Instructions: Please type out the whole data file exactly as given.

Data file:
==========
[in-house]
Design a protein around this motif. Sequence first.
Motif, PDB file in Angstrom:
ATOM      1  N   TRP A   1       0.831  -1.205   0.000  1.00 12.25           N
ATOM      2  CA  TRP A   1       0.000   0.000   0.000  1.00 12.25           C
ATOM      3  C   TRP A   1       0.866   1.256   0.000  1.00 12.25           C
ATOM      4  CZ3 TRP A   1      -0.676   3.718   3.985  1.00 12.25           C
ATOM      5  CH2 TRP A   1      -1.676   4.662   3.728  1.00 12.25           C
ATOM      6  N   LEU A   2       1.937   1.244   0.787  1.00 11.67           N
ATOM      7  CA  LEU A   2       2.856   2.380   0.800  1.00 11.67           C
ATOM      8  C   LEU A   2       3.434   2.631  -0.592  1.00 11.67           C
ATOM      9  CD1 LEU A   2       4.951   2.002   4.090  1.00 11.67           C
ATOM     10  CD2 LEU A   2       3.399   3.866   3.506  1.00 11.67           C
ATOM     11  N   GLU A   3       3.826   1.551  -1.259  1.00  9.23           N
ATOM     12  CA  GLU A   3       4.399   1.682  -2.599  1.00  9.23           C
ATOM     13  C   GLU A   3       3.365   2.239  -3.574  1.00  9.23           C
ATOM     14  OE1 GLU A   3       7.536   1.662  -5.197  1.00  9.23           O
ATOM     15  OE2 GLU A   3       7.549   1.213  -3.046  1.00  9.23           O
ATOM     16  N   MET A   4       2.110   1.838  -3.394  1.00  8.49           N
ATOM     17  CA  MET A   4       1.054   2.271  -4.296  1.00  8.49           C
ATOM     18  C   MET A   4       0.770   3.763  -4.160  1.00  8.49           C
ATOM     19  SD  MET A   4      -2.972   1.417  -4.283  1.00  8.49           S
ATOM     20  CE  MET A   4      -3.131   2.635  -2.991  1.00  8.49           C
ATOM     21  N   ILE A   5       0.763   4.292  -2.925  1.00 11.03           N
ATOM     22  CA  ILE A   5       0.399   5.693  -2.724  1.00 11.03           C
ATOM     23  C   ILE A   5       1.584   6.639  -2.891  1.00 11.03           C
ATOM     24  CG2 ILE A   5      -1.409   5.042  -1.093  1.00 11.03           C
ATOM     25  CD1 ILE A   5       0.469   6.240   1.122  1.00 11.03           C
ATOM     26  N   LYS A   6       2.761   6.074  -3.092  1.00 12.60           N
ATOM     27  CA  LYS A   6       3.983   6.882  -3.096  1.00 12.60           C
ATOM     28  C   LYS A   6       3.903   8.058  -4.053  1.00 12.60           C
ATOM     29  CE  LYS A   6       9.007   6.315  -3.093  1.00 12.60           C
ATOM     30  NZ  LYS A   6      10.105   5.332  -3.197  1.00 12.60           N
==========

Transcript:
[in-house]
Design a protein around this motif. Sequence first.
Motif, PDB file in Angstrom:
ATOM      1  N   TRP A   1       0.831  -1.205   0.000  1.00 12.25           N
ATOM      2  CA  TRP A   1       0.000   0.000   0.000  1.00 12.25           C
ATOM      3  C   TRP A   1       0.866   1.256   0.000  1.00 12.25           C
ATOM      4  CZ3 TRP A   1      -0.676   3.718   3.985  1.00 12.25           C
ATOM      5  CH2 TRP A   1      -1.676   4.662   3.728  1.00 12.25           C
ATOM      6  N   LEU A   2       1.937   1.244   0.787  1.00 11.67           N
ATOM      7  CA  LEU A   2       2.856   2.380   0.800  1.00 11.67           C
ATOM      8  C   LEU A   2       3.434   2.631  -0.592  1.00 11.67           C
ATOM      9  CD1 LEU A   2       4.951   2.002   4.090  1.00 11.67           C
ATOM     10  CD2 LEU A   2       3.399   3.866   3.506  1.00 11.67           C
ATOM     11  N   GLU A   3       3.826   1.551  -1.259  1.00  9.23           N
ATOM     12  CA  GLU A   3       4.399   1.682  -2.599  1.00  9.23           C
ATOM     13  C   GLU A   3       3.365   2.239  -3.574  1.00  9.23           C
ATOM     14  OE1 GLU A   3       7.536   1.662  -5.197  1.00  9.23           O
ATOM     15  OE2 GLU A   3       7.549   1.213  -3.046  1.00  9.23           O
ATOM     16  N   MET A   4       2.110   1.838  -3.394  1.00  8.49           N
ATOM     17  CA  MET A   4       1.054   2.271  -4.296  1.00  8.49           C
ATOM     18  C   MET A   4       0.770   3.763  -4.160  1.00  8.49           C
ATOM     19  SD  MET A   4      -2.972   1.417  -4.283  1.00  8.49           S
ATOM     20  CE  MET A   4      -3.131   2.635  -2.991  1.00  8.49           C
ATOM     21  N   ILE A   5       0.763   4.292  -2.925  1.00 11.03           N
ATOM     22  CA  ILE A   5       0.399   5.693  -2.724  1.00 11.03           C
ATOM     23  C   ILE A   5       1.584   6.639  -2.891  1.00 11.03           C
ATOM     24  CG2 ILE A   5      -1.409   5.042  -1.093  1.00 11.03           C
ATOM     25  CD1 ILE A   5       0.469   6.240   1.122  1.00 11.03           C
ATOM     26  N   LYS A   6       2.761   6.074  -3.092  1.00 12.60           N
ATOM     27  CA  LYS A   6       3.983   6.882  -3.096  1.00 12.60           C
ATOM     28  C   LYS A   6       3.903   8.058  -4.053  1.00 12.60           C
ATOM     29  CE  LYS A   6       9.007   6.315  -3.093  1.00 12.60           C
ATOM     30  NZ  LYS A   6      10.105   5.332  -3.197  1.00 12.60           N